Climate Change And Animal Agriculture: A Three Step Plan For Policy Makers
The damaging environmental impact of animal food systems has been repeatedly highlighted by researchers in recent years. To avoid such impacts, advocates often try to convince people to shift their individual diets away from a focus on animal products.
This research article argues that shifting food production from animal to plant-based foods is necessary for countries to achieve their global commitments to combat climate change. The author lays out a three-step policy strategy to move away from animal to plant-based food systems in order to achieve climate goals.
Current national pledges to reduce greenhouse gas (GHG) emissions put the world on track to 3.2-3.7 °C of global average temperature increase by the end of the 21st century. To keep warming below 1.5 or even 2 degrees, rapid reductions in GHG emissions are needed in multiple sectors, including agriculture. Overall, the production of meat, dairy, and eggs contribute to 16.5% of global GHG emissions according to the United Nations Food and Agricultural Organization.
There are first signs that the global community has taken note of the need to reduce animal agriculture to mitigate climate change. At the 2018 climate change conference COP24 in Katowice, Poland, a side event on the mitigation potential of plant-based diets was hosted by Humane Society International, among others. However, policy action to shift away from animal agriculture is still lacking.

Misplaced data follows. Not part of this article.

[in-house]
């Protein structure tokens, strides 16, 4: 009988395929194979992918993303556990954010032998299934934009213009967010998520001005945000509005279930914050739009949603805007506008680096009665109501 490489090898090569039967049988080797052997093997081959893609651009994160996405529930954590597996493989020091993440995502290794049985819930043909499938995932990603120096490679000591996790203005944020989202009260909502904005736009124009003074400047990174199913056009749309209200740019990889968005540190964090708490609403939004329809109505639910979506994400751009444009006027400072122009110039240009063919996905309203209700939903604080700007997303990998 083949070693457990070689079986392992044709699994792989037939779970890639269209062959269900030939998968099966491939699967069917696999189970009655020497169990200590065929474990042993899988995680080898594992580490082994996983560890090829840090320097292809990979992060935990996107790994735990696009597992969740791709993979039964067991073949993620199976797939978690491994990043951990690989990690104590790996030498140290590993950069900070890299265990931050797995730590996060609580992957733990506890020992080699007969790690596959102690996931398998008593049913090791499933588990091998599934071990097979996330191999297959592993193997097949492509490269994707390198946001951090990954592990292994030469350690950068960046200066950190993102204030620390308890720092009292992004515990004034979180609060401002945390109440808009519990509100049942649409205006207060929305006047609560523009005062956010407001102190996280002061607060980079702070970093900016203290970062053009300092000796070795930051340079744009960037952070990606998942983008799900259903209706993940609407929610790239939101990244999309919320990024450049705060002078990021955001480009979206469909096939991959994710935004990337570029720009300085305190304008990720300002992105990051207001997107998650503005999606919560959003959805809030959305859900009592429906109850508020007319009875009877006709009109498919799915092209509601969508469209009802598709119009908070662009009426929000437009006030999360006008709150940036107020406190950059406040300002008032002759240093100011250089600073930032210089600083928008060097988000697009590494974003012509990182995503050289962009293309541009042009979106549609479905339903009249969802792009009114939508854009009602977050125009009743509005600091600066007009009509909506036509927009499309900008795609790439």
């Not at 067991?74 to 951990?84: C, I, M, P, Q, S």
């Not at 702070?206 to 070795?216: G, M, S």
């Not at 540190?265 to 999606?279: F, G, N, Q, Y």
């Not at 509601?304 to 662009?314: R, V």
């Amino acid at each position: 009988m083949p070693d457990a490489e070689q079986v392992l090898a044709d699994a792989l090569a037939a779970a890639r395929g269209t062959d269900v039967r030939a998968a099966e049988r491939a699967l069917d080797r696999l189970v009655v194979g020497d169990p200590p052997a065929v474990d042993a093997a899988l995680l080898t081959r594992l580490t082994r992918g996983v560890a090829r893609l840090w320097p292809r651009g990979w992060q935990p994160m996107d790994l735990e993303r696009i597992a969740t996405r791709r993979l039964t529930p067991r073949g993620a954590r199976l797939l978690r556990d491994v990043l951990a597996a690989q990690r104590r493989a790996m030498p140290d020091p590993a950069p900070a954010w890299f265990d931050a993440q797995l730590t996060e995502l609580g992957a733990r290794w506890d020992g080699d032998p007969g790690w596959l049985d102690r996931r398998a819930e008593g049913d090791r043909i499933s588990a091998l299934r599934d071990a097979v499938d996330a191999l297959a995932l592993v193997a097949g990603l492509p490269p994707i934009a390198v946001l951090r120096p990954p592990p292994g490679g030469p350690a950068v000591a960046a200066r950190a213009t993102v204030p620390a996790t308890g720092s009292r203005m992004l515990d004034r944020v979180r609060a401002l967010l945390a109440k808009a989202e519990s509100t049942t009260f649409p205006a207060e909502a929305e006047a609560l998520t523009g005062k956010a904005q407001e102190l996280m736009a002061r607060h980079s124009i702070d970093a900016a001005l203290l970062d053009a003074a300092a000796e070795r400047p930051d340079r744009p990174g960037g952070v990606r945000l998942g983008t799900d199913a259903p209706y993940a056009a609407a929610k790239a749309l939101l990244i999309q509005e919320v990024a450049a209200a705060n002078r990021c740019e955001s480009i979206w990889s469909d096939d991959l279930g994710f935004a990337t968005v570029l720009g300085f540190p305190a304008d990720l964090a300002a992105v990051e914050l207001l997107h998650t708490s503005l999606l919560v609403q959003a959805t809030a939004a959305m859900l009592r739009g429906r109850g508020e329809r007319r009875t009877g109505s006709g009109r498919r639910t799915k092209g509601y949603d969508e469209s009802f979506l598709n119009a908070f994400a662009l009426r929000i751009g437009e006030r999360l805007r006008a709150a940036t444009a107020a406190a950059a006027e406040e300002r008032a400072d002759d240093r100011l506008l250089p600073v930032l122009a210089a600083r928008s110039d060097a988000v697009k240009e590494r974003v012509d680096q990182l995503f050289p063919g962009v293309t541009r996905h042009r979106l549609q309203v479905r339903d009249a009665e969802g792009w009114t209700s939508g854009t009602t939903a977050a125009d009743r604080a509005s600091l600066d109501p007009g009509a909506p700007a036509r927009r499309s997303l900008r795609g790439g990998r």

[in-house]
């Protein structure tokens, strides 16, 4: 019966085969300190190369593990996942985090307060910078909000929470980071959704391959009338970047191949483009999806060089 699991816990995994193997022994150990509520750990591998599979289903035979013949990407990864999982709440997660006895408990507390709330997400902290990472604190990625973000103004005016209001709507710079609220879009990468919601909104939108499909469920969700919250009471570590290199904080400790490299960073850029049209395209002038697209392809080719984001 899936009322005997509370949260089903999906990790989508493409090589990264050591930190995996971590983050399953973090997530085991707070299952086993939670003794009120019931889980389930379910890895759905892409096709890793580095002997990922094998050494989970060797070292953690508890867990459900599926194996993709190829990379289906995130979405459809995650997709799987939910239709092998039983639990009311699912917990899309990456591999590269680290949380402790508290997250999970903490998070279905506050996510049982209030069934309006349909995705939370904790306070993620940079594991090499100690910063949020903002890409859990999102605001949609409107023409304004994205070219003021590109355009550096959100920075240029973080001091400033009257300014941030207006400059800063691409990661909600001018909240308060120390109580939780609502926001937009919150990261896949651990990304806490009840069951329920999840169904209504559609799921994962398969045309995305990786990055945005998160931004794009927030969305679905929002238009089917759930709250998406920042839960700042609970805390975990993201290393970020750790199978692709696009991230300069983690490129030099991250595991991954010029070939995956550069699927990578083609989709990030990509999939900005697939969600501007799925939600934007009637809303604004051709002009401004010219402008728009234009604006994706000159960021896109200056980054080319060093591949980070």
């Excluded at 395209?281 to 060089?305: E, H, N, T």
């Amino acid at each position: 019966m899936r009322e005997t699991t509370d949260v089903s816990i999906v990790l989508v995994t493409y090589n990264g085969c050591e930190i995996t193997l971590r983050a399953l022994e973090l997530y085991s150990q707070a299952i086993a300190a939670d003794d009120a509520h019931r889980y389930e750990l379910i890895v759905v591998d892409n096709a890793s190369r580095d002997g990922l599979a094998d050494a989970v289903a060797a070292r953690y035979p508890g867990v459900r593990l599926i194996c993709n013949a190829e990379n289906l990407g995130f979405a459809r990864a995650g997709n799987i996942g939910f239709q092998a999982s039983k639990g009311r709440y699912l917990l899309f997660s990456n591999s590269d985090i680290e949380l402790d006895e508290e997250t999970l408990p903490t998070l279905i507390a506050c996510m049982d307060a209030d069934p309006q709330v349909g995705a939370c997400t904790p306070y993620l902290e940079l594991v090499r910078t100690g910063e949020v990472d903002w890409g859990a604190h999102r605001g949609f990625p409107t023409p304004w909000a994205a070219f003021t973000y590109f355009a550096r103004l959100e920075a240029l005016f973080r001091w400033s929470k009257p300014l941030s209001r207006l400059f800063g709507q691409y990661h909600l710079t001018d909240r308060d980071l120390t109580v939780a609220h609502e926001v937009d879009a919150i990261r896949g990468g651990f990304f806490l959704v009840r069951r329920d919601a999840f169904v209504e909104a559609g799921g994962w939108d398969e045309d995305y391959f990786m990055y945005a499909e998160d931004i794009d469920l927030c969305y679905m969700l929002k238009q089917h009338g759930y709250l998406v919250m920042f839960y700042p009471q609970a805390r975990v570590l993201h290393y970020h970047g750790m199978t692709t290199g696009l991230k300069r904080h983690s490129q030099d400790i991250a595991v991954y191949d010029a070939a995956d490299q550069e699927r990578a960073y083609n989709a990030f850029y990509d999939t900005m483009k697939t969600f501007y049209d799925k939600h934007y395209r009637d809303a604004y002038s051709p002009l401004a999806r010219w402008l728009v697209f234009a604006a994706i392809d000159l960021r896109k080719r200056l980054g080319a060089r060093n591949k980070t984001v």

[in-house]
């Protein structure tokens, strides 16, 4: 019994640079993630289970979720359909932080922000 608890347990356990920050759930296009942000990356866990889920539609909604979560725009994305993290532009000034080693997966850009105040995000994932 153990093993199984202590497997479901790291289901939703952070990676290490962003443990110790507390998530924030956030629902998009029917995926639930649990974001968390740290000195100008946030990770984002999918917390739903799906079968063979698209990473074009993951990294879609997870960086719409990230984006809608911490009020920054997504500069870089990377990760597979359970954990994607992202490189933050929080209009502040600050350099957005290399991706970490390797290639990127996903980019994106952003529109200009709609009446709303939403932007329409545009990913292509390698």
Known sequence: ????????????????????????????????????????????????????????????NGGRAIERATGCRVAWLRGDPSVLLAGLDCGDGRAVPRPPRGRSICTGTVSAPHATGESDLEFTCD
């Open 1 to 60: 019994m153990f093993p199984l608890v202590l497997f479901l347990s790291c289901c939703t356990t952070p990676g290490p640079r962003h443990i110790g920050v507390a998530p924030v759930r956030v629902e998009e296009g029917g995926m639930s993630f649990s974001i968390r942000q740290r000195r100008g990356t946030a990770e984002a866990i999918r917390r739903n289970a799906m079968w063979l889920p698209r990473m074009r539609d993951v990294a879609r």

This paper proposes three steps that policy makers at international and national levels should adopt to reduce GHG emissions from our food system:
- “Peak Livestock”: From the outset, policy makers should commit to future declines of the number of animals raised for food. In developing countries, “peak livestock” may take longer than in more industrialized countries.
- “Worst First” Approach: Policy actions should start by replacing food products which have the worst GHG footprint. Globally, that would mean starting with cow meat (5.86% of global GHG emissions), then cow milk (3.55%), pig meat (1.39%), and chicken meat (1.11%). However, policy makers should focus on products that are the worst offenders at their respective national or local level.
- Best Available Food: Together with the ‘worst first’ approach, the selection of replacement foods for animal products should be based on their GHG footprint and other sustainability criteria. For example, beans are likely a good alternative protein source to cow meat. For the same amount of protein, producing cow meat emits 46 times more GHGs than beans.
The paper notes that in addition to mitigating climate change, shifting to plant-based diets has multiple co-benefits for public health, food security, and protecting biodiversity. Crucially, policy measures need to be put in place that support this shift. The author suggests that international climate funds should support developing countries in their efforts to move to plant-based food systems. In developed countries, where more resources are available and animal products are consumed at a higher level, subsidies for animal agriculture should be cut and instead allocated to promote the production of best available replacement foods.
For animal advocates, this article provides a helpful framework to engage with policy makers and argue to shift away from animal agriculture towards plant-based food systems. However, it should be noted that the proposed ‘worst first’ approach – focusing on replacing cow meat and milk first – is in tension with some animal advocates’ strategy of reducing the suffering of the largest numbers of land animals suffering in agriculture. As the authors note, more than 80% of all land animals used for food are chicken. Still, the proposed strategy can be useful when tailoring messages to decision makers who are more receptive to climate change as an issue, as opposed to the well-being of animals.